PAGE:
HC Deb 14 February 1939 vol 343 cc1661-71

Order for Third Reading read.

Motion made, and Question proposed, "That the Bill be now read the Third time."—[Captain Wallace.]

8.40 p.m.

Mr. Arthur Henderson

I think we should take this opportunity of making one or two comments upon the Bill. In the course of the previous Debates upon the Bill a good deal has been said with regard to the agreement which was signed at Munich and of which this Bill is a direct result. It is true that that agreement may have staved off a conflict, but no one will deny that it was at a terrible price—at any rate a terrible price for Czecho-Slovakia. That country, in-habited by a courageous people, to-day finds itself reduced to both economic and political dependence upon its powerful neighbour, Germany. My right hon. Friend the Member for Gorton (Mr. Benn) has described its situation as being one of vassalage. Whether one agrees with that term or not, I think one must agree that Czecho-Slovakia has at any rate been brought within the German political orbit, and that its freedom of political and economic action has been very much restricted.

Mr. Deputy-Speaker (Sir Dennis Herbert)

I do not want to interrupt the hon. Member too soon or unnecessarily, but I must remind him that he must confine himself on Third Reading to what is in the Bill.

Mr. Henderson

I am merely stating this by way of illustrating the fact that this Bill was made necessary by reason of what took place at Munich. The object of the Bill is to provide a measure of assistance to Czecho-Slovakia as a consequence of the agreement at Munich. To-day this financial assistance has become of vital importance to Czecho-Slovakia because of the problems with which that country finds itself confronted. We know that at the present time there are probably 700,000 Czechs, on the other side of the border, who are now living in Greater Germany, and there has been created a problem which regard to the right to opt. It was dealt with in Committee the other night, and I should like to ask the Chancellor of the Exchequer—

Mr. Deputy-Speaker

That is not dealt with in the Bill.

Mr. Henderson

Do I understand that it is not possible to discuss to-night the question of the optants?

Mr. Benn

On that point of Order. Has it not been repeatedly said by the Government and is it not the case that the monetary provision in this Bill is for the service of the said optants?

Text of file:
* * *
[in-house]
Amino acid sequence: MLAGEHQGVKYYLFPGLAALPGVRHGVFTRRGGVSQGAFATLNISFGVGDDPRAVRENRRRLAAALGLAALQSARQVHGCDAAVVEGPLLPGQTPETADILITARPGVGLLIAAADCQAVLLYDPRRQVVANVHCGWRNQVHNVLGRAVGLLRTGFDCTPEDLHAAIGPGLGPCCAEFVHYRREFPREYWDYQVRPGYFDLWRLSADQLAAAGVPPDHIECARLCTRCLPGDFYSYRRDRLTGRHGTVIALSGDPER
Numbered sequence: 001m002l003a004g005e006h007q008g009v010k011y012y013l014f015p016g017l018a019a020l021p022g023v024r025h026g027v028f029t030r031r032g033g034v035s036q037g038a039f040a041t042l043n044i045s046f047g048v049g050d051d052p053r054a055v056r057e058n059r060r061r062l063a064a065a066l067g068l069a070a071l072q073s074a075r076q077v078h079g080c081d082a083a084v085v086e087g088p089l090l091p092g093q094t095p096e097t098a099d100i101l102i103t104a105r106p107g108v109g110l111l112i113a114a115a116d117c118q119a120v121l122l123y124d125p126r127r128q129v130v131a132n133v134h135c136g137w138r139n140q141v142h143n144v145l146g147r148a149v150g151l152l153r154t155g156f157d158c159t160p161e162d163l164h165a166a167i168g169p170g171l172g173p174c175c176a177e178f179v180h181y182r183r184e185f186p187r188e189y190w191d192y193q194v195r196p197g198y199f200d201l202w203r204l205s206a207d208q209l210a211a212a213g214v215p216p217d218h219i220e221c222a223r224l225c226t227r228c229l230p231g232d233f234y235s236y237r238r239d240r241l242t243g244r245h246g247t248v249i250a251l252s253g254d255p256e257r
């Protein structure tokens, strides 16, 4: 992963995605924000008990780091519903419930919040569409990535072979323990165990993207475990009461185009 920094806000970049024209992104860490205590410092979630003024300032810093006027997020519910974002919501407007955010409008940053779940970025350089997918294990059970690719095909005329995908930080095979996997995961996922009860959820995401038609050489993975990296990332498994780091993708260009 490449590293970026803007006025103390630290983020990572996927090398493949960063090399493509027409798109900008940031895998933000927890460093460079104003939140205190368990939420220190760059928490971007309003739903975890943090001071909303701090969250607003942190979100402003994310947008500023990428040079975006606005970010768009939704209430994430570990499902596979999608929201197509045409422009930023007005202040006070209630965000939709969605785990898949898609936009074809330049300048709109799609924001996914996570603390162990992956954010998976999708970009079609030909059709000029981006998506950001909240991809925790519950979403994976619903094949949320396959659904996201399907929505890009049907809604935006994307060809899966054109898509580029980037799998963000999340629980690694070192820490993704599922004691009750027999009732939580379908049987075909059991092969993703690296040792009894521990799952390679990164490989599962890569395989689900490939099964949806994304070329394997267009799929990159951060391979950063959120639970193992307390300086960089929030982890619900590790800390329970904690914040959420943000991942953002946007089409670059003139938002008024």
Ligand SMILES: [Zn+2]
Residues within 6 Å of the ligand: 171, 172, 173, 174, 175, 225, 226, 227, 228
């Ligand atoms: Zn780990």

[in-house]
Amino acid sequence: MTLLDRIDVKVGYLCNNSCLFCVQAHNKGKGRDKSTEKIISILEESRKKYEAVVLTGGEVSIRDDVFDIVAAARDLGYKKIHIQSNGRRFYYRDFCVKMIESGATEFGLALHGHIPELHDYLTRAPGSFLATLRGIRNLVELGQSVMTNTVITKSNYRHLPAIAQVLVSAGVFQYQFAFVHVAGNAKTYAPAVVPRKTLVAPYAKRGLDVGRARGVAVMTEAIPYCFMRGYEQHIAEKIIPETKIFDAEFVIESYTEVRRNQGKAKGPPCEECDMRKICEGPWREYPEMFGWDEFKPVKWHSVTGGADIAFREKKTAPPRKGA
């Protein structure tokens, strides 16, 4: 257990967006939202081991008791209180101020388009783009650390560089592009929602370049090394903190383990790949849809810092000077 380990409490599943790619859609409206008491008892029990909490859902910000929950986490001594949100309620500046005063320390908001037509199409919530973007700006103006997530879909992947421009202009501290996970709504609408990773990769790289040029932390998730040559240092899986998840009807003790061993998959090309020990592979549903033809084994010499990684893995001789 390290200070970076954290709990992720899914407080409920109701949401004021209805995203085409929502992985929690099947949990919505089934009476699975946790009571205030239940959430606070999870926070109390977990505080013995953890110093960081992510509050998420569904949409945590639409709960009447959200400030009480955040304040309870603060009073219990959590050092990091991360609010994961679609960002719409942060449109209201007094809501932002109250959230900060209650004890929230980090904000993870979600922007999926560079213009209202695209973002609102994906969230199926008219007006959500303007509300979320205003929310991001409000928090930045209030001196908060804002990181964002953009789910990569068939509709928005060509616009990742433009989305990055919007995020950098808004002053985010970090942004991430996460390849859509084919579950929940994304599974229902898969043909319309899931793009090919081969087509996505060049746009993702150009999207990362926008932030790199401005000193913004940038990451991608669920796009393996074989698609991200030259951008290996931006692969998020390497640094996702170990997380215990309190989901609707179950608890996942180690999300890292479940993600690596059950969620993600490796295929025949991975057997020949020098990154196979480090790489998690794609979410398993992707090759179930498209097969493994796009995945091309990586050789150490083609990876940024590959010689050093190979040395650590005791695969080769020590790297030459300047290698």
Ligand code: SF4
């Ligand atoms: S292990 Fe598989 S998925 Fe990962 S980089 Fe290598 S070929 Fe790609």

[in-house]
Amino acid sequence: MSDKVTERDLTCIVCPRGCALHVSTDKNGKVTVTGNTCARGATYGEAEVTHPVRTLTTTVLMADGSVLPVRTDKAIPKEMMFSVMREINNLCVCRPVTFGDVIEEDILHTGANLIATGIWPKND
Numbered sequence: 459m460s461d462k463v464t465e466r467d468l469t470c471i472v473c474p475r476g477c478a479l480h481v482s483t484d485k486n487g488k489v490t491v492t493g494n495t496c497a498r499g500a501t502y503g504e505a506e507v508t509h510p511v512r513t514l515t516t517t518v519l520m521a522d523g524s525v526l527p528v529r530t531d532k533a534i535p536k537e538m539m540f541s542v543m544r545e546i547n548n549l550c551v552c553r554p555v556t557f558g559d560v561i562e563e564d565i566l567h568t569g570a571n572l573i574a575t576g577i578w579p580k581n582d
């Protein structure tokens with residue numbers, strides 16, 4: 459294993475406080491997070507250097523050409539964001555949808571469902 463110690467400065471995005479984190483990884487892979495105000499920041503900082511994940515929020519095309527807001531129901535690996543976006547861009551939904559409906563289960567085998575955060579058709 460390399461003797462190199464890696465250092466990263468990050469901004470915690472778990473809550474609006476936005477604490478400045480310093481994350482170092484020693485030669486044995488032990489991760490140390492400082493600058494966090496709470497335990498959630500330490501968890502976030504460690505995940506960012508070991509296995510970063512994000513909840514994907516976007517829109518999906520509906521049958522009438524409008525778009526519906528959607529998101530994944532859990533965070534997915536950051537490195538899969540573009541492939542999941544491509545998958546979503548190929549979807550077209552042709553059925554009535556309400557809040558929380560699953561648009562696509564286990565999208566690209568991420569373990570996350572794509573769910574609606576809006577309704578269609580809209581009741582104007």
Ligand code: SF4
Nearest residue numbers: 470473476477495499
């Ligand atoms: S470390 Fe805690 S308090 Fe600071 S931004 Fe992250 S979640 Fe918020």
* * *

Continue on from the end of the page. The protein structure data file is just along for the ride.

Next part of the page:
Mr. Deputy-Speaker

That may be. As long as the hon. Member confines himself strictly to what is in the Bill he will be in order, but I was inclined to think that he was going a little beyond that. Discussion of such questions as were raised by the Amendment moved by the right hon. Gentleman yesterday would not be in order on the Third Reading.

Mr. Henderson

Is it not a fact that we are entitled to ask the Chancellor to give the House what information he has with regard to the number of optants who may be affected by the financial provisions authorised by the Bill?

Mr. Deputy-Speaker

The hon. Member may put that question and then perhaps he had better try to go on—or stop soon after, rather than be stopped by the Chair.

Mr. Henderson

I hope that the Chancellor will be able to give the House to-night the information that was asked for last night during the Committee stage, with regard to the present situation of these unfortunate people who have been denied the right to opt. In conclusion, I would ask the Chancellor, if I am in order, to realise that the problem with which the Bill seeks to deal is only part of one which is of vital importance to other countries as well as to Czecho-Slovakia. On this side of the House we support the Bill not only because we believe it will be of some assistance to that gallant little nation struggling against terrible odds to maintain its independence, both political and economic, but because we realise that there are other nations, such as Hungary, Roumania and Yugoslavia, who may well be placed in almost similar conditions in the future, and that only by our country interesting itself in the affairs of the Danubian Basin, of which Czecho-Slovakia forms a part, may we be able to bring about that measure of appeasement in Central and Eastern Europe which the Prime Minister has said it is his policy to carry through.

8.48 p.m.

Mr. Edmund Harvey

I do not want to cover any of the ground which has been covered by the hon. Member for Kingswinford (Mr. A. Henderson), but I hope that the Chancellor when he replies may be able to give us some reassurance on the very important and grave question of the optants. I hope he will also give some assurance as to the speeding up of the process by which this money will be utilised for the benefit of refugees now in Czecho-Slovakia. I think that the whole House is at one in gratitude that this measure of help is being rendered to people who are in such distress. There is no difference in any quarter that this help should be given as speedily as possible; but the Government are perhaps not fully aware of the urgency of the need of the people who are in camps at the present time in Czecho-Slovakia, and that steps ought to be taken at once to see that this money is made available without delay for their benefit.